For a number of reasons, all of which are profoundly uninteresting, in 30-some years of exploring and writing about the Chesapeake, I had until recently visited only three of Maryland’s four surviving “screwpile” lighthouses:
Thomas Point Light near Annapolis, check; Drum Point Light on Solomons Island, check; Hooper Straight Light in St. Michaels, check.
But the oldest of them all, the Seven Foot Knoll Lighthouse now residing at Baltimore’s Inner Harbor? Nope. Never mind that I’ve lived in Baltimore for much of that time, and that for a couple of years in the 1990s I could actually see it from the window of my office, no more than 1,000 feet away at the end of Pier 5.
In February, I corrected that shortcoming. The lighthouse opens to the public for the 2019 season on April 1, but I was lucky to score a preseason tour. I called Historic Ships in Baltimore, which manages the lighthouse and the Inner Harbor’s four other maritime history attractions: the USS Constellation, Coast Guard cutter Roger Taney, lightship Chesapeake and World War II submarine USS Torsk. A few days later I was climbing the lighthouse steps with site manager Brad Chandler.
The screwpile style of lighthouse first appeared in England in the early 1830s, developed by a blind Irish engineer named Alexander Mitchell. It was designed to stand offshore in relatively shallow water and got its name from its auger-tipped iron poles, or pilings, which were literally screwed into a bay or river bottom instead of driven in like nails. The design found its way to the United States in 1850, with the construction of the Brandywine Shoal Light in the Delaware Bay.
By 1855, Maryland had its first screwpile, built on and named after a shallow spot at the mouth of the Patapsco River, the Seven Foot Knoll. And the Chesapeake as whole fairly blossomed with them. According to The Mariners Museum in Newport News, VA, 42 screwpile lighthouses were built on the Chesapeake Bay between 1850 and 1900 — more than anywhere else in the world. Sadly, none of those built in Virginia have survived. The screwpile was especially vulnerable to fast-moving ice floes, which is the chief reason so few remain on the occasionally frozen Bay.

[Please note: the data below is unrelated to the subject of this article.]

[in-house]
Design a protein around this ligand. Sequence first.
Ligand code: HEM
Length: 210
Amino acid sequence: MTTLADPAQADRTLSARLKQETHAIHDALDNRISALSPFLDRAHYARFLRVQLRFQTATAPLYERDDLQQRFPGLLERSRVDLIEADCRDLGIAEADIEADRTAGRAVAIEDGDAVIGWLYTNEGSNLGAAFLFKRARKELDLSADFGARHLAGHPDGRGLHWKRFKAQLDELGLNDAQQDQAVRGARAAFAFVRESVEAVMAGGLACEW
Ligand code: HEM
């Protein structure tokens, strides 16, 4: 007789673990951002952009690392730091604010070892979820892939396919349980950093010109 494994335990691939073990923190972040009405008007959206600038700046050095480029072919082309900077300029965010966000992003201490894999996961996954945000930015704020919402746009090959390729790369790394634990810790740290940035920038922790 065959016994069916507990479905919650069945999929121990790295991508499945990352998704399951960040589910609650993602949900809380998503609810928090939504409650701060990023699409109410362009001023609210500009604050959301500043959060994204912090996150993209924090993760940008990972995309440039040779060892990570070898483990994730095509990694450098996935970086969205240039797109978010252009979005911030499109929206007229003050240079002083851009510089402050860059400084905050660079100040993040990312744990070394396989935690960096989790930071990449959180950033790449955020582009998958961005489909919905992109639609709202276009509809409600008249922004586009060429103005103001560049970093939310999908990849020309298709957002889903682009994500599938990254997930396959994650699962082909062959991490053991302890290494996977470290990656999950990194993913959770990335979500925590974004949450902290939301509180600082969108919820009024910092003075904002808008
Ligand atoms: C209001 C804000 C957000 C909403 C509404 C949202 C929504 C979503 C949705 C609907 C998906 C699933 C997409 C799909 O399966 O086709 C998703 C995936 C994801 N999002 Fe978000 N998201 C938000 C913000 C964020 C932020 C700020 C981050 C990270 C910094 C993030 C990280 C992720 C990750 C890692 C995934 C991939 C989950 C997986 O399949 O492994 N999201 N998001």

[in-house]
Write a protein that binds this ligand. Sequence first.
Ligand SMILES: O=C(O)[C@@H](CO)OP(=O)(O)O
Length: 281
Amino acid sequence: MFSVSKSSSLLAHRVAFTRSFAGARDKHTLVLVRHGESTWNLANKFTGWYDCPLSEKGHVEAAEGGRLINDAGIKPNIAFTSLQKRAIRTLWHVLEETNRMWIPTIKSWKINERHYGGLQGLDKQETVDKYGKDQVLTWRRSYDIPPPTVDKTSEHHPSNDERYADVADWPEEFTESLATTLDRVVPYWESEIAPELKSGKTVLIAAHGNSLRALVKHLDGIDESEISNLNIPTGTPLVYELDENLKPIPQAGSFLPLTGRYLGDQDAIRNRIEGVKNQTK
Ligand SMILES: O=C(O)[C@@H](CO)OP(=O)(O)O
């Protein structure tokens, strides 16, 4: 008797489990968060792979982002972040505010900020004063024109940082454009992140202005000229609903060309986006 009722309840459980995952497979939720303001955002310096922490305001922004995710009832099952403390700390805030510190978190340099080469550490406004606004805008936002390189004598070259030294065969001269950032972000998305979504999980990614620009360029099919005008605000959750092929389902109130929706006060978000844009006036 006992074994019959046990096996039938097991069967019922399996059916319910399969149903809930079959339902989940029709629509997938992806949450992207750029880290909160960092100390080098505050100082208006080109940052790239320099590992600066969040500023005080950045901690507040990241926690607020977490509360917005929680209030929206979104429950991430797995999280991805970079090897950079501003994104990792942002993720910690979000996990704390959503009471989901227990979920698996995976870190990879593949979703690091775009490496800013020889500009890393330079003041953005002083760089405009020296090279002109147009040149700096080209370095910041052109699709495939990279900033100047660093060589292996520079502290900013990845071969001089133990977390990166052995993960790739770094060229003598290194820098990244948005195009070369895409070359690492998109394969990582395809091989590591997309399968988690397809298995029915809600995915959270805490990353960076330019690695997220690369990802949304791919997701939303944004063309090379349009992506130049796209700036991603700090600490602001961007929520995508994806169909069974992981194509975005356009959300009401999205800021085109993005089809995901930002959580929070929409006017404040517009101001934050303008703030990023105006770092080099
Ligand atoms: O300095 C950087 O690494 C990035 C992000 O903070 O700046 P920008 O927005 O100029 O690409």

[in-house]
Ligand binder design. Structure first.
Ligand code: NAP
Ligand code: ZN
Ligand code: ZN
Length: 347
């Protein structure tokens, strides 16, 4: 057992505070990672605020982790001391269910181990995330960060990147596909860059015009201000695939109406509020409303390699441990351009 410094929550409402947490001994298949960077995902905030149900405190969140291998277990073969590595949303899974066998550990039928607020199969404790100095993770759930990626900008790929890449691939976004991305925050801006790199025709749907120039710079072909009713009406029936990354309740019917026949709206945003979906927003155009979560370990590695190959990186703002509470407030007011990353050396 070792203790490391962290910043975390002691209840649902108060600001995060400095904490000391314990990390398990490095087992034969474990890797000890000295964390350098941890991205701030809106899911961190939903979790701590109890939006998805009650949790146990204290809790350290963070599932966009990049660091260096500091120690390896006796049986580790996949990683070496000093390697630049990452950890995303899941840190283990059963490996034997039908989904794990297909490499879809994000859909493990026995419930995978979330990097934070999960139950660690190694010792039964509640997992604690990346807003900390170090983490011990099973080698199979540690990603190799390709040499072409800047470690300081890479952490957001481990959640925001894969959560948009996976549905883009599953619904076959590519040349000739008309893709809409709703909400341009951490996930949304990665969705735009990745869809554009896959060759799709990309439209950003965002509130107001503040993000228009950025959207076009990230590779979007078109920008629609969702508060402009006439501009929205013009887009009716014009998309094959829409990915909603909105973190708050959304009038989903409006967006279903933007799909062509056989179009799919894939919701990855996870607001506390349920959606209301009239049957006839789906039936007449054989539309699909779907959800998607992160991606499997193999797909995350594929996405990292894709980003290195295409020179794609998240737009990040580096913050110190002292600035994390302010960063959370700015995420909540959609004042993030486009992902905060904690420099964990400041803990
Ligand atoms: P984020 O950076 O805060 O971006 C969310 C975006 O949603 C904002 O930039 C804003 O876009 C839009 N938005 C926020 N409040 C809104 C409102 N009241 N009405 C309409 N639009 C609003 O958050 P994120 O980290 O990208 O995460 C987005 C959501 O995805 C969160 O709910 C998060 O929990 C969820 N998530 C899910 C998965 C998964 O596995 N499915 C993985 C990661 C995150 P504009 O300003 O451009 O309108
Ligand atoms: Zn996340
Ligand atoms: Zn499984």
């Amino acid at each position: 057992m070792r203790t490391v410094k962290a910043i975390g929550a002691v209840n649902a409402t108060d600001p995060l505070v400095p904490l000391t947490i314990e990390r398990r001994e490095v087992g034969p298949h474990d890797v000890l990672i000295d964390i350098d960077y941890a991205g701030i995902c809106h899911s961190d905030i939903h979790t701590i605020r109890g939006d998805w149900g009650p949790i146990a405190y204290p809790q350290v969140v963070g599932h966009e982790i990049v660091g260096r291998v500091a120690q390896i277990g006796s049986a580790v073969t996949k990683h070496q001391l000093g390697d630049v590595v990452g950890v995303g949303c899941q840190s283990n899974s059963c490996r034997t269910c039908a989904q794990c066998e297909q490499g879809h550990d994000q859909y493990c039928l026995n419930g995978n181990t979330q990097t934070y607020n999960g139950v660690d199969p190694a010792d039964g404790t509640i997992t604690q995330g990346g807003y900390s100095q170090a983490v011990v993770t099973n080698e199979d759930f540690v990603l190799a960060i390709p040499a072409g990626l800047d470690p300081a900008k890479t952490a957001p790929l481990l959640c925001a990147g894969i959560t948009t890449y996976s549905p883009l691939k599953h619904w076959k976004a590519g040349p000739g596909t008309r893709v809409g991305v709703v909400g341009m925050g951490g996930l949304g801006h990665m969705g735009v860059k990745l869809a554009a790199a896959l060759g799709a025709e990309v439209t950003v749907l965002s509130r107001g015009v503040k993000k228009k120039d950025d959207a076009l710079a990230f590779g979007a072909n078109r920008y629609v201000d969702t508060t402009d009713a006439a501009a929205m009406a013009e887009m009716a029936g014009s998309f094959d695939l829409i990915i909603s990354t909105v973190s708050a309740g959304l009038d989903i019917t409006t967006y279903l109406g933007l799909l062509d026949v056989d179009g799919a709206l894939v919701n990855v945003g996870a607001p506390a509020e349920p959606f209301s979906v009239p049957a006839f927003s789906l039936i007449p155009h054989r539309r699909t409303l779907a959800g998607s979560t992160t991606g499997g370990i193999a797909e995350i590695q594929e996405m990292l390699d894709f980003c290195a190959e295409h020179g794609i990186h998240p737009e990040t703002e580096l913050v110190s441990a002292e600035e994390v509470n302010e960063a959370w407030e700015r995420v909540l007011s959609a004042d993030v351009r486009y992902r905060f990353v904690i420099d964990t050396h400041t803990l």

Aside from being perched about 20 feet in the air on its pilings, the Seven Foot Knoll Lighthouse is an architectural older cousin, not a sibling, of Maryland’s other remaining screwpiles. Unlike the hexagonal, one-and-a-half-story clapboard cottage design of the others, the Seven Foot Knoll is a squat, red, turret-like affair with iron-plate walls and a wrap-around iron balcony, or gallery deck.
Perched in the center of its nearly flat roof is another much smaller turret, the so-called watch room, with a ceiling hatch leading to the all-important “lantern.” That’s the technical term for the small glassed-in room at the building’s vertex that houses the light itself. The lamp was first fueled by whale oil, then kerosene, then the more efficient incandescent oil vapor before finally being converted to electricity when the light was automated in 1949.
The lighthouse also differs from its Chesapeake cousins on the inside: It’s more spacious. It has two large, end-on-end rooms through the middle (one of them large enough to accommodate a piano, recalled one lighthouse keeper’s daughter who lived there in the 1870s), with a sizable kitchen on one side and pair of wedge-shaped bedrooms on the other.
But for all of its elbow room, and in fact because of it, the lighthouse was challenging and comparatively expensive to heat. It was designed to have two coal-burning stoves — one for cooking and one for heating — but at some point in the late 1800s, the heating stove was removed to cut down on fuel costs, making it a very unpleasant place to be in the dead of winter, Chandler told me as we explored the main level.
“[Seven Foot Shoal] was a bit unique,” he said, “It’s such a large floor area [that] their fuel consumption for the stove was much higher than pretty much every other lighthouse.”
A 1916 report from the 5th Lighthouse District’s chief inspector bears this out and pinpoints a time when the problem appears to have been at least temporarily solved.